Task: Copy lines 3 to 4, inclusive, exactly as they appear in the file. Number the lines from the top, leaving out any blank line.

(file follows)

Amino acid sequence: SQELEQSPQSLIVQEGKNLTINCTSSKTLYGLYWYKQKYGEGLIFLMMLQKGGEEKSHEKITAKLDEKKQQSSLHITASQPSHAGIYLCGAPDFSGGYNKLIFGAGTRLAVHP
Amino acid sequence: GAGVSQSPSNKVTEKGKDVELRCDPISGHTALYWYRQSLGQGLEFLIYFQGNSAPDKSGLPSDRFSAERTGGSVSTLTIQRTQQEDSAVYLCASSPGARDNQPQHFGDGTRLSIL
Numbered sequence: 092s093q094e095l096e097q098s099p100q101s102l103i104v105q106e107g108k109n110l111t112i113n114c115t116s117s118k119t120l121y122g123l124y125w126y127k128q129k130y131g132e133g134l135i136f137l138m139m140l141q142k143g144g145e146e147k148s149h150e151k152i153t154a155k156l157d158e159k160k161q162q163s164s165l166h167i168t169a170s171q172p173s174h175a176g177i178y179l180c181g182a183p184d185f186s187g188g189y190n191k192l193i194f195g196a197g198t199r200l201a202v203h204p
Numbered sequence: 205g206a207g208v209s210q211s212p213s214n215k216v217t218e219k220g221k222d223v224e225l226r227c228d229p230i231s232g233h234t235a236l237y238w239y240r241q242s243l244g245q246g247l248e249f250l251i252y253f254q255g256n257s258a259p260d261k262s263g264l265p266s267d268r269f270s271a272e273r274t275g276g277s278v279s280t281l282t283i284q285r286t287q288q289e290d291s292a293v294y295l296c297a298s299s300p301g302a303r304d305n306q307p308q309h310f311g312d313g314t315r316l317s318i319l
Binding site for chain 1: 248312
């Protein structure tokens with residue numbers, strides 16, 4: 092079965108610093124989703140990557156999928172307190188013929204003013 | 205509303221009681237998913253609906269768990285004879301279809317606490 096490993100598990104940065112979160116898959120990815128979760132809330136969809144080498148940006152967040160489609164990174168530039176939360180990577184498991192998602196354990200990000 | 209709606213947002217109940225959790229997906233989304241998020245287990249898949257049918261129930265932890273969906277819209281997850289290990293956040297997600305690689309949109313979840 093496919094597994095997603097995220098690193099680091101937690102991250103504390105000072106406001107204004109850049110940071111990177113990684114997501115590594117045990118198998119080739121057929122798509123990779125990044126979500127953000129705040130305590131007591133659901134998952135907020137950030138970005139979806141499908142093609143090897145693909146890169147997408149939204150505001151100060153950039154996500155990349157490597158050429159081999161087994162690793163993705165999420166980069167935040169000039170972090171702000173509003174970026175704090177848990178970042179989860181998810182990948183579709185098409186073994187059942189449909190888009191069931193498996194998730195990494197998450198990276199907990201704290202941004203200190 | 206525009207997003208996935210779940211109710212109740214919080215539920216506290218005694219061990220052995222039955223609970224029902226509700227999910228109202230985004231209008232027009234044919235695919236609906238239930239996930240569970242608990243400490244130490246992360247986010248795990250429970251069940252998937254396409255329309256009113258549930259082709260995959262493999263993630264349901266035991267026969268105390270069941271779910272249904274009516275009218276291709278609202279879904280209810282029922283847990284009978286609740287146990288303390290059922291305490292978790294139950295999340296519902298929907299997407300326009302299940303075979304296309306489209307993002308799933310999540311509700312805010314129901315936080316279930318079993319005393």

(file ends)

Numbered sequence: 092s093q094e095l096e097q098s099p100q101s102l103i104v105q106e107g108k109n110l111t112i113n114c115t116s117s118k119t120l121y122g123l124y125w126y127k128q129k130y131g132e133g134l135i136f137l138m139m140l141q142k143g144g145e146e147k148s149h150e151k152i153t154a155k156l157d158e159k160k161q162q163s164s165l166h167i168t169a170s171q172p173s174h175a176g177i178y179l180c181g182a183p184d185f186s187g188g189y190n191k192l193i194f195g196a197g198t199r200l201a202v203h204p
Numbered sequence: 205g206a207g208v209s210q211s212p213s214n215k216v217t218e219k220g221k222d223v224e225l226r227c228d229p230i231s232g233h234t235a236l237y238w239y240r241q242s243l244g245q246g247l248e249f250l251i252y253f254q255g256n257s258a259p260d261k262s263g264l265p266s267d268r269f270s271a272e273r274t275g276g277s278v279s280t281l282t283i284q285r286t287q288q289e290d291s292a293v294y295l296c297a298s299s300p301g302a303r304d305n306q307p308q309h310f311g312d313g314t315r316l317s318i319l